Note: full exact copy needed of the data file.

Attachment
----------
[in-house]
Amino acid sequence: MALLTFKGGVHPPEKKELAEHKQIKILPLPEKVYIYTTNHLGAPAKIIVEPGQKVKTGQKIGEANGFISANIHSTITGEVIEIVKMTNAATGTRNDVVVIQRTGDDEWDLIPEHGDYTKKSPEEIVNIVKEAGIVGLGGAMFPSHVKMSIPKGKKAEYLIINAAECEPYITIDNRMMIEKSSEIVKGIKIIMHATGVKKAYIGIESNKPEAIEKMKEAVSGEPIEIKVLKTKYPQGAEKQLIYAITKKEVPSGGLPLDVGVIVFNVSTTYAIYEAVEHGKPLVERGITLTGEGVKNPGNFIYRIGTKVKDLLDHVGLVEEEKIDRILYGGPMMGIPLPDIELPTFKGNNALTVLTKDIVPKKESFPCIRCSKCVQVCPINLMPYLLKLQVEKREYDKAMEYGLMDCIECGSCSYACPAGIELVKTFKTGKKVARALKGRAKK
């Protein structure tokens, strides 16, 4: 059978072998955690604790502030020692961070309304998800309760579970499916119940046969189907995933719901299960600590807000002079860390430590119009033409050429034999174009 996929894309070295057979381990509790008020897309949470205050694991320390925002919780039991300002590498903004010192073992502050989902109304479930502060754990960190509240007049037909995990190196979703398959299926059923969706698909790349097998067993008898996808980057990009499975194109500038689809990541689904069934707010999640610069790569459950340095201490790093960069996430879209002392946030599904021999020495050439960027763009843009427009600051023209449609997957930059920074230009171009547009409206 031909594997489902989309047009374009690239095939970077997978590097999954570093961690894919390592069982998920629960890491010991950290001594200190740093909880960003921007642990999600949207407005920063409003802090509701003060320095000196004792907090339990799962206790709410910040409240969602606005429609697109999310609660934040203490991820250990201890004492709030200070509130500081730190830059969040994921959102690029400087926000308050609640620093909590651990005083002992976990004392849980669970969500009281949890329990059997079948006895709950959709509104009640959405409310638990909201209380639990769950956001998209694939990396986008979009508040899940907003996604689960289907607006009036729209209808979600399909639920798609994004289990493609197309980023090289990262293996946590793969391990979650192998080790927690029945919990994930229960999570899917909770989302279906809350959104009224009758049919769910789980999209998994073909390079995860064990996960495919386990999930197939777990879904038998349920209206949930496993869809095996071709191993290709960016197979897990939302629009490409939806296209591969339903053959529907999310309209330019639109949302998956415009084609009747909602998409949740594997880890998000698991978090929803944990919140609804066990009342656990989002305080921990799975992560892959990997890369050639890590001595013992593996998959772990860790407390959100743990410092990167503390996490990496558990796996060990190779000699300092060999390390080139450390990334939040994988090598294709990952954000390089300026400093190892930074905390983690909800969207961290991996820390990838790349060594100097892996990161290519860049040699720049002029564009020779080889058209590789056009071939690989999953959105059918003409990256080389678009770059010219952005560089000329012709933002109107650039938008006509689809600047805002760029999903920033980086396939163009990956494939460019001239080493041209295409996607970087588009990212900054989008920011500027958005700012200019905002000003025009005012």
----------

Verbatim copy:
[in-house]
Amino acid sequence: MALLTFKGGVHPPEKKELAEHKQIKILPLPEKVYIYTTNHLGAPAKIIVEPGQKVKTGQKIGEANGFISANIHSTITGEVIEIVKMTNAATGTRNDVVVIQRTGDDEWDLIPEHGDYTKKSPEEIVNIVKEAGIVGLGGAMFPSHVKMSIPKGKKAEYLIINAAECEPYITIDNRMMIEKSSEIVKGIKIIMHATGVKKAYIGIESNKPEAIEKMKEAVSGEPIEIKVLKTKYPQGAEKQLIYAITKKEVPSGGLPLDVGVIVFNVSTTYAIYEAVEHGKPLVERGITLTGEGVKNPGNFIYRIGTKVKDLLDHVGLVEEEKIDRILYGGPMMGIPLPDIELPTFKGNNALTVLTKDIVPKKESFPCIRCSKCVQVCPINLMPYLLKLQVEKREYDKAMEYGLMDCIECGSCSYACPAGIELVKTFKTGKKVARALKGRAKK
């Protein structure tokens, strides 16, 4: 059978072998955690604790502030020692961070309304998800309760579970499916119940046969189907995933719901299960600590807000002079860390430590119009033409050429034999174009 996929894309070295057979381990509790008020897309949470205050694991320390925002919780039991300002590498903004010192073992502050989902109304479930502060754990960190509240007049037909995990190196979703398959299926059923969706698909790349097998067993008898996808980057990009499975194109500038689809990541689904069934707010999640610069790569459950340095201490790093960069996430879209002392946030599904021999020495050439960027763009843009427009600051023209449609997957930059920074230009171009547009409206 031909594997489902989309047009374009690239095939970077997978590097999954570093961690894919390592069982998920629960890491010991950290001594200190740093909880960003921007642990999600949207407005920063409003802090509701003060320095000196004792907090339990799962206790709410910040409240969602606005429609697109999310609660934040203490991820250990201890004492709030200070509130500081730190830059969040994921959102690029400087926000308050609640620093909590651990005083002992976990004392849980669970969500009281949890329990059997079948006895709950959709509104009640959405409310638990909201209380639990769950956001998209694939990396986008979009508040899940907003996604689960289907607006009036729209209808979600399909639920798609994004289990493609197309980023090289990262293996946590793969391990979650192998080790927690029945919990994930229960999570899917909770989302279906809350959104009224009758049919769910789980999209998994073909390079995860064990996960495919386990999930197939777990879904038998349920209206949930496993869809095996071709191993290709960016197979897990939302629009490409939806296209591969339903053959529907999310309209330019639109949302998956415009084609009747909602998409949740594997880890998000698991978090929803944990919140609804066990009342656990989002305080921990799975992560892959990997890369050639890590001595013992593996998959772990860790407390959100743990410092990167503390996490990496558990796996060990190779000699300092060999390390080139450390990334939040994988090598294709990952954000390089300026400093190892930074905390983690909800969207961290991996820390990838790349060594100097892996990161290519860049040699720049002029564009020779080889058209590789056009071939690989999953959105059918003409990256080389678009770059010219952005560089000329012709933002109107650039938008006509689809600047805002760029999903920033980086396939163009990956494939460019001239080493041209295409996607970087588009990212900054989008920011500027958005700012200019905002000003025009005012």